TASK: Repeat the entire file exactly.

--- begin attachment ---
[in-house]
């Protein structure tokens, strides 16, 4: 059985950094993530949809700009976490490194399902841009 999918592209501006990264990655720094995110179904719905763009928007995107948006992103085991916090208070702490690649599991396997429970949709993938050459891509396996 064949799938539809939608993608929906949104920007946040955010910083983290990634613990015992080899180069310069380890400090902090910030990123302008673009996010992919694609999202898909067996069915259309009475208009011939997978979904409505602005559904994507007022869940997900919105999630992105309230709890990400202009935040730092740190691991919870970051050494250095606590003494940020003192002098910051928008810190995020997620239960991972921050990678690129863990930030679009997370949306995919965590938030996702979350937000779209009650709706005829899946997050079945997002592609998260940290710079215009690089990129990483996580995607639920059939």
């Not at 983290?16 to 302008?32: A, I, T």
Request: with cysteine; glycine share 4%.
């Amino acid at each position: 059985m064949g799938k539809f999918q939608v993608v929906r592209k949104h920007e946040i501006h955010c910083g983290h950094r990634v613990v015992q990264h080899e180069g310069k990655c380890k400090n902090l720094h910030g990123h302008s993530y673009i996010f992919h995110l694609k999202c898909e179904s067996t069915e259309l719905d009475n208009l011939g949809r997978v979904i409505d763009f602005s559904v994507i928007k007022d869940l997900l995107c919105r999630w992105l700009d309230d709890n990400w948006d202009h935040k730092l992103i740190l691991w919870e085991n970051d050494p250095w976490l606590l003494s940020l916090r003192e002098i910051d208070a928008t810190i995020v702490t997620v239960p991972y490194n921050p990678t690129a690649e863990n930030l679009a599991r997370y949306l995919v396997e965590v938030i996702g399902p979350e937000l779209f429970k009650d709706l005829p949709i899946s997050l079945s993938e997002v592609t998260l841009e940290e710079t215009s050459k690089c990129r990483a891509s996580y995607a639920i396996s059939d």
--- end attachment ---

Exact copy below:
[in-house]
């Protein structure tokens, strides 16, 4: 059985950094993530949809700009976490490194399902841009 999918592209501006990264990655720094995110179904719905763009928007995107948006992103085991916090208070702490690649599991396997429970949709993938050459891509396996 064949799938539809939608993608929906949104920007946040955010910083983290990634613990015992080899180069310069380890400090902090910030990123302008673009996010992919694609999202898909067996069915259309009475208009011939997978979904409505602005559904994507007022869940997900919105999630992105309230709890990400202009935040730092740190691991919870970051050494250095606590003494940020003192002098910051928008810190995020997620239960991972921050990678690129863990930030679009997370949306995919965590938030996702979350937000779209009650709706005829899946997050079945997002592609998260940290710079215009690089990129990483996580995607639920059939």
């Not at 983290?16 to 302008?32: A, I, T």
Request: with cysteine; glycine share 4%.
């Amino acid at each position: 059985m064949g799938k539809f999918q939608v993608v929906r592209k949104h920007e946040i501006h955010c910083g983290h950094r990634v613990v015992q990264h080899e180069g310069k990655c380890k400090n902090l720094h910030g990123h302008s993530y673009i996010f992919h995110l694609k999202c898909e179904s067996t069915e259309l719905d009475n208009l011939g949809r997978v979904i409505d763009f602005s559904v994507i928007k007022d869940l997900l995107c919105r999630w992105l700009d309230d709890n990400w948006d202009h935040k730092l992103i740190l691991w919870e085991n970051d050494p250095w976490l606590l003494s940020l916090r003192e002098i910051d208070a928008t810190i995020v702490t997620v239960p991972y490194n921050p990678t690129a690649e863990n930030l679009a599991r997370y949306l995919v396997e965590v938030i996702g399902p979350e937000l779209f429970k009650d709706l005829p949709i899946s997050l079945s993938e997002v592609t998260l841009e940290e710079t215009s050459k690089c990129r990483a891509s996580y995607a639920i396996s059939d």